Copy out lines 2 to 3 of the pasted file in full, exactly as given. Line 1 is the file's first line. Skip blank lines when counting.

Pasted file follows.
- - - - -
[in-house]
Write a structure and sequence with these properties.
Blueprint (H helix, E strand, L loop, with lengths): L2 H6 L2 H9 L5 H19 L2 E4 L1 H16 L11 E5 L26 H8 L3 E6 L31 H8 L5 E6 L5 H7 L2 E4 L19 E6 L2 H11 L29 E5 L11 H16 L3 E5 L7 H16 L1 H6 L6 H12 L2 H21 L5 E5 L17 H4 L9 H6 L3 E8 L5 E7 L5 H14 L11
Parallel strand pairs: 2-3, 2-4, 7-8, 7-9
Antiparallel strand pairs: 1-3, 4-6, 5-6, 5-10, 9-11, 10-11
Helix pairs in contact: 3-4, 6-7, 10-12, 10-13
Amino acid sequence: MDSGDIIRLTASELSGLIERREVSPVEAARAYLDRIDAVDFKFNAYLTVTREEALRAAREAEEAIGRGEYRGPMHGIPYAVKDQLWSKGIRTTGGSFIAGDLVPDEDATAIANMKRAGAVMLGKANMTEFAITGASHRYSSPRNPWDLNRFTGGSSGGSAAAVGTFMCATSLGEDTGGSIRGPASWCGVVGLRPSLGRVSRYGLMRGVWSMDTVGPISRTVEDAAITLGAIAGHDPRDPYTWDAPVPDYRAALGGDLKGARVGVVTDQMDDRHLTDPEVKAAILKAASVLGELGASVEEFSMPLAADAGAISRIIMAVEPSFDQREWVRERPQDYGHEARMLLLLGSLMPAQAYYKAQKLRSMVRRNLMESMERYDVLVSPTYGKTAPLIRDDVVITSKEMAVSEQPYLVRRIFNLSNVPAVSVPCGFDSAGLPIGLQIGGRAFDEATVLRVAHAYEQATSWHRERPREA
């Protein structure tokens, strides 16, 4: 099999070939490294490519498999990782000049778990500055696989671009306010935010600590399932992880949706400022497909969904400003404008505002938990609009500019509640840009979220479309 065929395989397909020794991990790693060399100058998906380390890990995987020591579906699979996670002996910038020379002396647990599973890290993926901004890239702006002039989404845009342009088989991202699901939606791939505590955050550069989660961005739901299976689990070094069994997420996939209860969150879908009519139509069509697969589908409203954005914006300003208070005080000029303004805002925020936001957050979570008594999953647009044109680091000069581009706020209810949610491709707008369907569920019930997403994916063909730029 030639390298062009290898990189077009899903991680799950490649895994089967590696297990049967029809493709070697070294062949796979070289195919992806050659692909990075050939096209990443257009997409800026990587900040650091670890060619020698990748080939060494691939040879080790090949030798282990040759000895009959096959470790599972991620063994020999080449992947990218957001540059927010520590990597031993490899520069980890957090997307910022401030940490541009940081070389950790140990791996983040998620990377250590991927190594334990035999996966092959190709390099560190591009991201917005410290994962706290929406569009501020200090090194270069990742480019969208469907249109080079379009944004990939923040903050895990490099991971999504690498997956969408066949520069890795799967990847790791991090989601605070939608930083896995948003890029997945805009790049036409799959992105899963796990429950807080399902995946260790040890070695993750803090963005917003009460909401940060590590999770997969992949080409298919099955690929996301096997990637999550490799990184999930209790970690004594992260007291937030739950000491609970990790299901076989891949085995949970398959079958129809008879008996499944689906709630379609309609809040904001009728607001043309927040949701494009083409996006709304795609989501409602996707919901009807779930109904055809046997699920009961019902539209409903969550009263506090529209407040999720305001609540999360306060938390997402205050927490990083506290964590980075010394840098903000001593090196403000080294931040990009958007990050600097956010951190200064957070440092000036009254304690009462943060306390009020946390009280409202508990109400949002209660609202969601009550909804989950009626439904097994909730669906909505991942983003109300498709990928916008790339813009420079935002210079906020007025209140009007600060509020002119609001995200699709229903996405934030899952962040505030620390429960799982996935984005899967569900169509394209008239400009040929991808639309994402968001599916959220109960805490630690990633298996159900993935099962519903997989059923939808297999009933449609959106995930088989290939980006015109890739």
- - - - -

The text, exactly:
Write a structure and sequence with these properties.
Blueprint (H helix, E strand, L loop, with lengths): L2 H6 L2 H9 L5 H19 L2 E4 L1 H16 L11 E5 L26 H8 L3 E6 L31 H8 L5 E6 L5 H7 L2 E4 L19 E6 L2 H11 L29 E5 L11 H16 L3 E5 L7 H16 L1 H6 L6 H12 L2 H21 L5 E5 L17 H4 L9 H6 L3 E8 L5 E7 L5 H14 L11